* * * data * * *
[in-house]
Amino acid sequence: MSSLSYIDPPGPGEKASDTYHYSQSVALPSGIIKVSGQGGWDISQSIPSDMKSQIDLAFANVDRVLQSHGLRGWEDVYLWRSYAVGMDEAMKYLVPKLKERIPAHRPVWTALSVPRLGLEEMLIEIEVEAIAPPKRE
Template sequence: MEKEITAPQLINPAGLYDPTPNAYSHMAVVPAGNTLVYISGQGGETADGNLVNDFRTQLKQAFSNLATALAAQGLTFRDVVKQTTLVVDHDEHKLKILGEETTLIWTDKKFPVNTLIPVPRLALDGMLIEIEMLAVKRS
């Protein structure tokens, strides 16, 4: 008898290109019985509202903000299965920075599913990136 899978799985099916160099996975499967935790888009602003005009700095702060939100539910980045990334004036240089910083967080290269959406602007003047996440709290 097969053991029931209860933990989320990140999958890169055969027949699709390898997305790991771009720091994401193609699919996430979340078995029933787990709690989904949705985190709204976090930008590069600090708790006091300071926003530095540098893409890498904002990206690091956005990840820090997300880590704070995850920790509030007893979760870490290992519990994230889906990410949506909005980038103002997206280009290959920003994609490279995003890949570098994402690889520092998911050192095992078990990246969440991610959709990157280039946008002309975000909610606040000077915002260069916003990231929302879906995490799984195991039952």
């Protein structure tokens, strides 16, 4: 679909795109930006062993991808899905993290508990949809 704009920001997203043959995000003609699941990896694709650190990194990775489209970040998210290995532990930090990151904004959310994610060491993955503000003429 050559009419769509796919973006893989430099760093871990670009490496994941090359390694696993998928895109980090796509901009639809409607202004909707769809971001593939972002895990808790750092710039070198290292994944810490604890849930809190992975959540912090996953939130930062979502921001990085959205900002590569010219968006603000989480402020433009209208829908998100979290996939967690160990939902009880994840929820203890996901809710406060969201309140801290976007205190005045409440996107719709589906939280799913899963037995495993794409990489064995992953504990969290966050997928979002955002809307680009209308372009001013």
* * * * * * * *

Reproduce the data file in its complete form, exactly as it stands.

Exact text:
[in-house]
Amino acid sequence: MSSLSYIDPPGPGEKASDTYHYSQSVALPSGIIKVSGQGGWDISQSIPSDMKSQIDLAFANVDRVLQSHGLRGWEDVYLWRSYAVGMDEAMKYLVPKLKERIPAHRPVWTALSVPRLGLEEMLIEIEVEAIAPPKRE
Template sequence: MEKEITAPQLINPAGLYDPTPNAYSHMAVVPAGNTLVYISGQGGETADGNLVNDFRTQLKQAFSNLATALAAQGLTFRDVVKQTTLVVDHDEHKLKILGEETTLIWTDKKFPVNTLIPVPRLALDGMLIEIEMLAVKRS
């Protein structure tokens, strides 16, 4: 008898290109019985509202903000299965920075599913990136 899978799985099916160099996975499967935790888009602003005009700095702060939100539910980045990334004036240089910083967080290269959406602007003047996440709290 097969053991029931209860933990989320990140999958890169055969027949699709390898997305790991771009720091994401193609699919996430979340078995029933787990709690989904949705985190709204976090930008590069600090708790006091300071926003530095540098893409890498904002990206690091956005990840820090997300880590704070995850920790509030007893979760870490290992519990994230889906990410949506909005980038103002997206280009290959920003994609490279995003890949570098994402690889520092998911050192095992078990990246969440991610959709990157280039946008002309975000909610606040000077915002260069916003990231929302879906995490799984195991039952």
């Protein structure tokens, strides 16, 4: 679909795109930006062993991808899905993290508990949809 704009920001997203043959995000003609699941990896694709650190990194990775489209970040998210290995532990930090990151904004959310994610060491993955503000003429 050559009419769509796919973006893989430099760093871990670009490496994941090359390694696993998928895109980090796509901009639809409607202004909707769809971001593939972002895990808790750092710039070198290292994944810490604890849930809190992975959540912090996953939130930062979502921001990085959205900002590569010219968006603000989480402020433009209208829908998100979290996939967690160990939902009880994840929820203890996901809710406060969201309140801290976007205190005045409440996107719709589906939280799913899963037995495993794409990489064995992953504990969290966050997928979002955002809307680009209308372009001013």